"I saw a lot of death this year," says Griffiths, who feels the act of killing gets harder with experience. He's cleaned over 50 animals through The New School of Traditional Cooking, and another 25 with others. "You don't ever want to lose respect for the individual animal, and you don't want to lump them all together. I think that's harmful, and whenever you stop feeling sad, it's time to quit." Griffiths only hunts to fill his freezer. Once he has enough food, he stops for the season. "I'm right about there," he says, "I just need a little more hog in the freezer."
Due to COVID-19, the Dai Due Taqueria is now closed, but the butcher shop and restaurant are still serving customers to-go.
"Non-hunters don't understand the respect we have for the animals."
Bob Williamson | Retired Fish and Wildlife Biologist | Highland Haven, Texas
"Hopefully we're never going to see a situation where we have to survive without [modern amenities], but if we do, a lot of people would be in big trouble," says Bob Williamson from his home in Highland Haven Texas. "They wouldn't know how to find water, catch a fish, or get meat."
Williamson is a retired fish and wildlife biologist from Illinois, and he knows that if needed, he'd be able to provide for his family. In fact, the 73 year old provides most of the protein for himself and his wife already.
"The best tasting meat he's brought home is the wild boar!" says his wife from the kitchen. "He fixes it on the smoker a lot, and it really doesn't taste any different than domestic pork." Williamson actually prefers it, because the animals are leaner and haven't been pumped with antibiotics the way factory farmed pigs have, he says.
Their game diet started off as a health measure to combat his coronary artery disease and diabetes, which he developed young. "Game tends to be a much leaner meat than what you can buy in a store. Most doctors will tell their patients not to each much beef, but I can eat all the venison, elk, or boar I want!"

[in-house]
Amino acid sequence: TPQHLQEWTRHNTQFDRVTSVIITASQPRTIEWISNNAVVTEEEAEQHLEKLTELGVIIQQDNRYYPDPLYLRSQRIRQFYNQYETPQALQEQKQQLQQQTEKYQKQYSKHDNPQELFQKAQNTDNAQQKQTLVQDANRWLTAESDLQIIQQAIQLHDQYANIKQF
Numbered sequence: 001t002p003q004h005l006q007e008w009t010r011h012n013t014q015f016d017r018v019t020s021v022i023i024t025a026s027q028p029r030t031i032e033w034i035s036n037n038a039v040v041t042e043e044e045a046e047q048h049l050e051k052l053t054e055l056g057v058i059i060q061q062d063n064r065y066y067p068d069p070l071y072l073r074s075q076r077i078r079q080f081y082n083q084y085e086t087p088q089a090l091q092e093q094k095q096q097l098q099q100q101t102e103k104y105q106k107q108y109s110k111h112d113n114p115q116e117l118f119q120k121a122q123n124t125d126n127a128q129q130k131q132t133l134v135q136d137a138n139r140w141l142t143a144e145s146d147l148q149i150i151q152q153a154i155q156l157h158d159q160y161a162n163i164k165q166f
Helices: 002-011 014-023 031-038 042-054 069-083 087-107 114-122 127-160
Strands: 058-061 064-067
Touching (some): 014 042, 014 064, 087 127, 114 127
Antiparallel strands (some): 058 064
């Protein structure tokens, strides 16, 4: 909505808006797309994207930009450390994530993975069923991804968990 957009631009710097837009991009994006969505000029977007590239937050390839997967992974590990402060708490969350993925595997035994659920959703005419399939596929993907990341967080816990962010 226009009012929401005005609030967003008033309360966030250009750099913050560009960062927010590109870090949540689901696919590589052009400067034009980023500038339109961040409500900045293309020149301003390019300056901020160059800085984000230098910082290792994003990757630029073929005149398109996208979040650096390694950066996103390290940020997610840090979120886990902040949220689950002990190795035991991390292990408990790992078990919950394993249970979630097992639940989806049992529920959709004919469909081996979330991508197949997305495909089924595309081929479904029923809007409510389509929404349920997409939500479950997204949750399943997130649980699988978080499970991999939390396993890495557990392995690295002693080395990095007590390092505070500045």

Williamson needs about 100 pounds of venison a year, or roughly three young bucks. A Texas state license allows a maximum of three bucks and two doe each season. His two freezers are always stocked with game and fish, and he processes it all himself. Occasionally, he'll send some meat to the butcher, but only because he likes their sausage recipe.
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The Williamsons have just celebrated their 50th anniversary, and they remember a time when hunting was a welcome supplement to their grocery shopping. But it's no longer cost-efficient. Of course, there's the gun and processing equipment. But beyond that, you need a license to hunt. And while those are affordable and readily available, public land – at least in Texas – is not.
As a result, most people either take leases, or pay landowners steep fees per kill. "It's not unusual to spend three or four thousand dollars for a deer lease, and you get three deer." It can cost a hunter up to $10,000 to shoot a buck with impressive antlers. But Williamson still hunts, because it's his passion and he believes it plays a vital role in the ecosystem.
Without hunters and anglers, he's not sure how the state parks will continue to afford biologists who have helped restore populations of whitetail deer, wild turkey, and even river otters. Beyond that, the strict quotas help control population, so species aren't driven to starvation or taken out by disease.
"Non-hunters don't understand the respect we have for the animals," says Williamson. It's not a mindless bloodbath; it's a carefully considered pursuit, and you take what you need."